Economics AS (UNIT1)


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  • Created on: 26-03-11 11:41

the economic problem

goods and services: goods are considered to be tangible products that we can touch and see but services are not tangible.

Economic welfare:the satisfaction an individual or society get from the allocation of resources.

Opportunity cost:the next best alternative forgone when an economic decision is made

Economic goods:Goods that are scarce and therefore have an oppurtunity cost.

Free goods: Goods that have no opputunity cost for example air

Factor market: the market for the factors of production that make other goods and services.

Renewable resources: resources that are able to be replenished over time

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the economic problem

Profit: when total income or revenue is greater than totla costs

free market economy: an economy with very limited government involvement in providng goods and services

production posibility boundary: indicates the maximum possible output that can be achieved with a fixed set of resources and technology in a particular time period

productive efficiency: when a firm operated at minimum average cost, producing maximum possible output

allocative efficiency:when an economy cannot produce more of one good without porducing less of another

productivity: a measure of efficiency measuring the ratio of inputs to outputs

Human capital: the skills, abilities, motivation and knowlege of workers. improvements in human capital raises productivity and shifts the ppb to the right

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the economic problem

division of labour: breaking down the production process into a sequence of tasks, with workers assigned to a particular task

specialisation: the production of goods which are limited due to an individual factor of production

value judgments: statements or oppinions that cannot be tested or verified and is highly dependent on personal views

normative statement: oppinions that require value judgments to be made

positive statements: statements which can be tested against data

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demand in a market

Demand: the amount that consumers are willing and able to buy at each given price

Effective demand: demand supported by the ability to pay for the good or service

Market Demand: The total demand in a market for a good

Contraction in demand: fall in demand due to a rise in prices

Extension in demand: increase in demand caused by the fall of price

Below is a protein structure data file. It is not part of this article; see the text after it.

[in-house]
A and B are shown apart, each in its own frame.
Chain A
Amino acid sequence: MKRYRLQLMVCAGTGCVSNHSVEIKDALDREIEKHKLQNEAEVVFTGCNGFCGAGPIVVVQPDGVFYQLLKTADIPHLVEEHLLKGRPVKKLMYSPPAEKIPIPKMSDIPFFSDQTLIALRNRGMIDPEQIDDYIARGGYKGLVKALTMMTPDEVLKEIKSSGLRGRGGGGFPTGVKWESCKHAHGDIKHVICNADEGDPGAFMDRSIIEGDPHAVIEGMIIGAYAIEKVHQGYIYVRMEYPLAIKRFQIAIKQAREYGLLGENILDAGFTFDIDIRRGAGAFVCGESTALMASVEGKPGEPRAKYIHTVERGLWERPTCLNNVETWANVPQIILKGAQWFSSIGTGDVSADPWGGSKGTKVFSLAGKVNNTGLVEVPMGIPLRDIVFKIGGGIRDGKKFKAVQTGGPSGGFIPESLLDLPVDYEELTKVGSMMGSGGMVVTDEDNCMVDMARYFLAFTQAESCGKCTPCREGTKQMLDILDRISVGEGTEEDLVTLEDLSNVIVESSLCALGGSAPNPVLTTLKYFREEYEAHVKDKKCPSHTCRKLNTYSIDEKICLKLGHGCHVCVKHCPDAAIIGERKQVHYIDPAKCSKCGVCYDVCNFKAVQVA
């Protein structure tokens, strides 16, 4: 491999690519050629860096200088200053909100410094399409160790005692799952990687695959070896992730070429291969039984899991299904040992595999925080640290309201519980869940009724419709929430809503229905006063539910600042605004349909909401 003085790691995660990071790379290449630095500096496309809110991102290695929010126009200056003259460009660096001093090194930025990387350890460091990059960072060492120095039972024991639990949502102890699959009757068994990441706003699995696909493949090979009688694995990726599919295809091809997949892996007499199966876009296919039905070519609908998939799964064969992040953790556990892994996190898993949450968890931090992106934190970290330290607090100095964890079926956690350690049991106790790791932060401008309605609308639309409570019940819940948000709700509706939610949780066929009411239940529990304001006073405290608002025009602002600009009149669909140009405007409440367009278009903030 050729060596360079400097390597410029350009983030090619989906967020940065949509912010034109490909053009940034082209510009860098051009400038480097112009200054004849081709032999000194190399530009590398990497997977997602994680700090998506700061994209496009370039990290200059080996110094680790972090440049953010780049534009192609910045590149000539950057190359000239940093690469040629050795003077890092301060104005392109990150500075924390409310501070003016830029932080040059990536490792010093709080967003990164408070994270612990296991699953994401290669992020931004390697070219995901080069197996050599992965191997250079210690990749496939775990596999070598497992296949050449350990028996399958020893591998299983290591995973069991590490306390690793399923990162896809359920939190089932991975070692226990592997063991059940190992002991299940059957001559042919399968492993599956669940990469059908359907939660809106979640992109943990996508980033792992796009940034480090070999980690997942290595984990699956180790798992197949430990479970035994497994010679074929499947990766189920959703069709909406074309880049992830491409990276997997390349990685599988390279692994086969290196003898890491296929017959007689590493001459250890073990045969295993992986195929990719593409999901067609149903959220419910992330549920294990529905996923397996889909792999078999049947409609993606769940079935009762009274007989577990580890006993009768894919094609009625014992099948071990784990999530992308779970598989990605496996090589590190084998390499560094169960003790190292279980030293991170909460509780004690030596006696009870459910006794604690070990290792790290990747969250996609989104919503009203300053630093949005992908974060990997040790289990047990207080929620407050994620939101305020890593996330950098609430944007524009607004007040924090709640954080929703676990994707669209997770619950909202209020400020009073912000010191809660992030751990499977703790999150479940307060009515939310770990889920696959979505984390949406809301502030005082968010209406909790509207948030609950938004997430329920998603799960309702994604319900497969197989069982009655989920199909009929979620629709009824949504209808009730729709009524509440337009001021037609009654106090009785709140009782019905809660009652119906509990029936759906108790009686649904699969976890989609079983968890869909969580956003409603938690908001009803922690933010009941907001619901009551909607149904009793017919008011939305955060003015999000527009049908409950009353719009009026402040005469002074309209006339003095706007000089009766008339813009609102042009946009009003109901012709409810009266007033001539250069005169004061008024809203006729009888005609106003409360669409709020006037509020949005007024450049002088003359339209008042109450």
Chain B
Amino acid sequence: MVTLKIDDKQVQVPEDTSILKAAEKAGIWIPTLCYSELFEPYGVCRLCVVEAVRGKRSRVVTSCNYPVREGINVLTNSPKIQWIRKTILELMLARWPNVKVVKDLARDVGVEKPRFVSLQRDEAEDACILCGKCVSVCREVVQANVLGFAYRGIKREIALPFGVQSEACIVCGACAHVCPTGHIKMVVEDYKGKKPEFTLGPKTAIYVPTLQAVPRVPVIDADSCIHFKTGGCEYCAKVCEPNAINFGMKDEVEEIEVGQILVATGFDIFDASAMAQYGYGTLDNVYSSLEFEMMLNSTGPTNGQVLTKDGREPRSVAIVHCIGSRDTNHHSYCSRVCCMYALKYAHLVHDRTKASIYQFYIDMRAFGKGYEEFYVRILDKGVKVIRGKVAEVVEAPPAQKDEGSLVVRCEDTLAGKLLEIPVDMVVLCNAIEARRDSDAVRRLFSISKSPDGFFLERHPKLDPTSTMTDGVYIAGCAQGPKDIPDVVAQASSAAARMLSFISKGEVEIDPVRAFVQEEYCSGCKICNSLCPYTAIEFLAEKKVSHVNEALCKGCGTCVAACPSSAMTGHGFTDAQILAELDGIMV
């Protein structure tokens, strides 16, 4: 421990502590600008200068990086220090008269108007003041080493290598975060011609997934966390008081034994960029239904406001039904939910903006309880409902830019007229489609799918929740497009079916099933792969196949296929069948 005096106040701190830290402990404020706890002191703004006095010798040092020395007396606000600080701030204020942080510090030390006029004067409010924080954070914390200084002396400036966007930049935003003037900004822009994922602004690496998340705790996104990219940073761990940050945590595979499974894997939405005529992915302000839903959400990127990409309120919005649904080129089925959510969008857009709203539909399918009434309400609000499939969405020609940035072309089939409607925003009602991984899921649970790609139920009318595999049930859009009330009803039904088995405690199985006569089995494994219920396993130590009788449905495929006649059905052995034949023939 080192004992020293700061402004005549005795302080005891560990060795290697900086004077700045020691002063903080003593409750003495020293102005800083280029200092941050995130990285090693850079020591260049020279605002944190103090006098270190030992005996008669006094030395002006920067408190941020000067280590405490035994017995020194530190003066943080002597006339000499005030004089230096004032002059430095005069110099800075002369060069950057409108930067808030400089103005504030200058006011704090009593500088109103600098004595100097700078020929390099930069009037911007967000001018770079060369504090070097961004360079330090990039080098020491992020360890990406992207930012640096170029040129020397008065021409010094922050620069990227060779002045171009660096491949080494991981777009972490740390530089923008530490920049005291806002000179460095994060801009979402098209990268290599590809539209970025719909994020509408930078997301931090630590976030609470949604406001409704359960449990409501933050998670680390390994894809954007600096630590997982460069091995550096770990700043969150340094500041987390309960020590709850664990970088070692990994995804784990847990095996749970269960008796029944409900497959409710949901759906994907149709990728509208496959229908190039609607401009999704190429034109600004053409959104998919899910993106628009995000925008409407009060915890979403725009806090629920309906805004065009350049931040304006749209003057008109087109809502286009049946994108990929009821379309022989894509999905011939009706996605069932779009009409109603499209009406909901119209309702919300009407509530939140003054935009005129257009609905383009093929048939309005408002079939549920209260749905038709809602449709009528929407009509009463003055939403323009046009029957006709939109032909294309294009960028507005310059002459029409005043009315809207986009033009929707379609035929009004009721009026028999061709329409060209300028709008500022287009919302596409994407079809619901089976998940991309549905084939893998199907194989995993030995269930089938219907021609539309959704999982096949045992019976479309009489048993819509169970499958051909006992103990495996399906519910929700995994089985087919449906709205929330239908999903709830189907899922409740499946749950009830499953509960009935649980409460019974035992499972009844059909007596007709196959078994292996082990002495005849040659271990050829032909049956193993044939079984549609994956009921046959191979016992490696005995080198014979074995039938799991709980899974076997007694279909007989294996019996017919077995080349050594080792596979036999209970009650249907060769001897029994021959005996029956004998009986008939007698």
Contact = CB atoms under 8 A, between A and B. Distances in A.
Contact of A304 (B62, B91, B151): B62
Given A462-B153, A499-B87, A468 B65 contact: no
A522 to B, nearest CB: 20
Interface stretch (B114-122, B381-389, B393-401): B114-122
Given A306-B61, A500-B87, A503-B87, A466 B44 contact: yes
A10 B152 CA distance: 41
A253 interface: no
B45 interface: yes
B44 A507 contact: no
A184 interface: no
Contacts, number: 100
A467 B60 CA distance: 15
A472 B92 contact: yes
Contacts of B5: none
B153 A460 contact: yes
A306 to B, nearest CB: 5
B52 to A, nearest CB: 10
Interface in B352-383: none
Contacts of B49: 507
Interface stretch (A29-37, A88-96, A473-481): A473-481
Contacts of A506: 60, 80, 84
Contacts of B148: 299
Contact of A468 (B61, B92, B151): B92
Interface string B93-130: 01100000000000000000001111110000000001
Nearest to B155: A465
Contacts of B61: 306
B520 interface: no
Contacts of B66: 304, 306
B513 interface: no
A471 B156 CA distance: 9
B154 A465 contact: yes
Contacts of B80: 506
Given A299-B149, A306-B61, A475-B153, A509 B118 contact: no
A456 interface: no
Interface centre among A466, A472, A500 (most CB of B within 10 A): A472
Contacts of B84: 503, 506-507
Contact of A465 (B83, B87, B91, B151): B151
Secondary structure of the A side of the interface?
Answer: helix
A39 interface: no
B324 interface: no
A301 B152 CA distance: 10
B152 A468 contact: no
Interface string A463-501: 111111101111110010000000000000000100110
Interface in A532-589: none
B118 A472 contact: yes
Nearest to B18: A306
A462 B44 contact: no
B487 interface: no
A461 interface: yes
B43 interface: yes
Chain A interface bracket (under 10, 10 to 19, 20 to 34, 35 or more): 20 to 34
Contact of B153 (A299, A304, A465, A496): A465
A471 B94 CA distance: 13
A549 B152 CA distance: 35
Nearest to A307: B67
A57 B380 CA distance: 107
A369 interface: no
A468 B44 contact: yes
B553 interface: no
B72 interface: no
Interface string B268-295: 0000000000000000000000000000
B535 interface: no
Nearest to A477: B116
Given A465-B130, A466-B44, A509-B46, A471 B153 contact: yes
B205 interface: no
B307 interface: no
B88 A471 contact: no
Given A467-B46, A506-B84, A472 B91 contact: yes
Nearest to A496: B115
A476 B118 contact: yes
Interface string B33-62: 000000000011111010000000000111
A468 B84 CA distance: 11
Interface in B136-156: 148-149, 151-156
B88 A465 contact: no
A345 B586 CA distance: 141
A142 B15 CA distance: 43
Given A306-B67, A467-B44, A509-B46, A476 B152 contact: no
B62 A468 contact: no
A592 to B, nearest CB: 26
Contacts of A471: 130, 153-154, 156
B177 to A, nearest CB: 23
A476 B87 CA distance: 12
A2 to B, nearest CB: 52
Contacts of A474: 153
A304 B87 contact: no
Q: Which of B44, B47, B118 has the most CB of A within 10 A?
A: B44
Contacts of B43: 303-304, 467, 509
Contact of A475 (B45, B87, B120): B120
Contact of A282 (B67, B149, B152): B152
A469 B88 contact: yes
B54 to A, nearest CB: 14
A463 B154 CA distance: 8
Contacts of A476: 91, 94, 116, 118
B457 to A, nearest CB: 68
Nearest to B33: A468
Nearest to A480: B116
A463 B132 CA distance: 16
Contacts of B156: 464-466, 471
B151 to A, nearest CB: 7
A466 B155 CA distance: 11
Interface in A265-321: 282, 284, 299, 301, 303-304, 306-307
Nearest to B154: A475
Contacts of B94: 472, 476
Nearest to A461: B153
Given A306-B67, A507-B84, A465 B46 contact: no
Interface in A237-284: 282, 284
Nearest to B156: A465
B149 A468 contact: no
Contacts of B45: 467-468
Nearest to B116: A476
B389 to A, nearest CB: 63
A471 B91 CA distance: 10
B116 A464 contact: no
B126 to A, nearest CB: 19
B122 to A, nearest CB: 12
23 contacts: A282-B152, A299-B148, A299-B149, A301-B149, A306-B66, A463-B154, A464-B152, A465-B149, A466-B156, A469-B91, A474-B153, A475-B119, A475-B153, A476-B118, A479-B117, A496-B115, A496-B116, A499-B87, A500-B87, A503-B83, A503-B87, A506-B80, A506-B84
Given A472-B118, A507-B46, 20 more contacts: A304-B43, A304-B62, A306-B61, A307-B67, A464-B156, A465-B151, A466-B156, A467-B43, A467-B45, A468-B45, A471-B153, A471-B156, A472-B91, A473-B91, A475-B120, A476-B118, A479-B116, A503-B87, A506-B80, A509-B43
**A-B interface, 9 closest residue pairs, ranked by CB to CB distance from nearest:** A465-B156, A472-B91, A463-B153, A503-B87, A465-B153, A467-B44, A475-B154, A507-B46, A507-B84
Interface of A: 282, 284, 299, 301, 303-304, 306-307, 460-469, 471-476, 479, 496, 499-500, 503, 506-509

Normal goods: goods or services that will increase in demand when incomes rise

Inferior goods: goods or services that will decrease in demand when incomes rise

complementary products: goods which are consumed together

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supply in a market

supply: the amount offered for sale at each given price level

planned supply: the amount producers plan to supply at a given price

actual supply: the amount they actually produce into the market, this differs from planned supply due to staff absences and breakdowns


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How a competitive market functions

Equilibrium: the price at which demand is equal to supply(

Disequilibrium: when supply does not equal demand

Excess supply:

Market clearing price: the price where all goods that are supplied will be demanded

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Price elasticity: (

  when elasticity is 0=perfectly inelastic

                             1= Unitary price elasticity of demand 

                           +1= Price elsatic demand

cross price elasticity:


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Market case study

Investment good: A product that will increase in value over time

Market failure: where the market fails to produce what consumers require at the lowest possible cost

govenrment failure: when government intervention to correct market failure doesn't improve the allocation of resources and worsens the situation

Buffer stocks: an intervention system that aims to linit fluctuations of the price of a commodity

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Economies of scale: when an increase in the scale of production leads to reductions in the average costs of firms

diseconomies of scale: Where an in crease in the scale of production leads to increases in average total costs for firm

competition: where there are large amounts of buyers and sellers

Monoploy: a market structure dominated by a single seller

Merit Good: a good that would be under-consumed in a free market as individuals don't know the benefits ontained by consumption

Demerit Good: a good that is over-consumes in a free market as it does more harm than good in which consumers are unaware

Public good: a good that possesses the characteristics of non-excludabilty and non rivalary in consumption

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Free-rider problem: where some consumers benefit from other consumers purchasing the good

Quasi-public good: a good that has some qualities of a public good but does not fully possess non-rivalary and non-excludability

private good: a good that is both exludable and rivals in consumption

Indirect tax: a tax on spending

pollution permits: a permit sold to firms by the government, allowing them to pollute up to a certain limit.

law of unintended consequences: where the actions of consumers, producers and governments have effects that are unanticipated

inflation: a persistant increase in the level of prices

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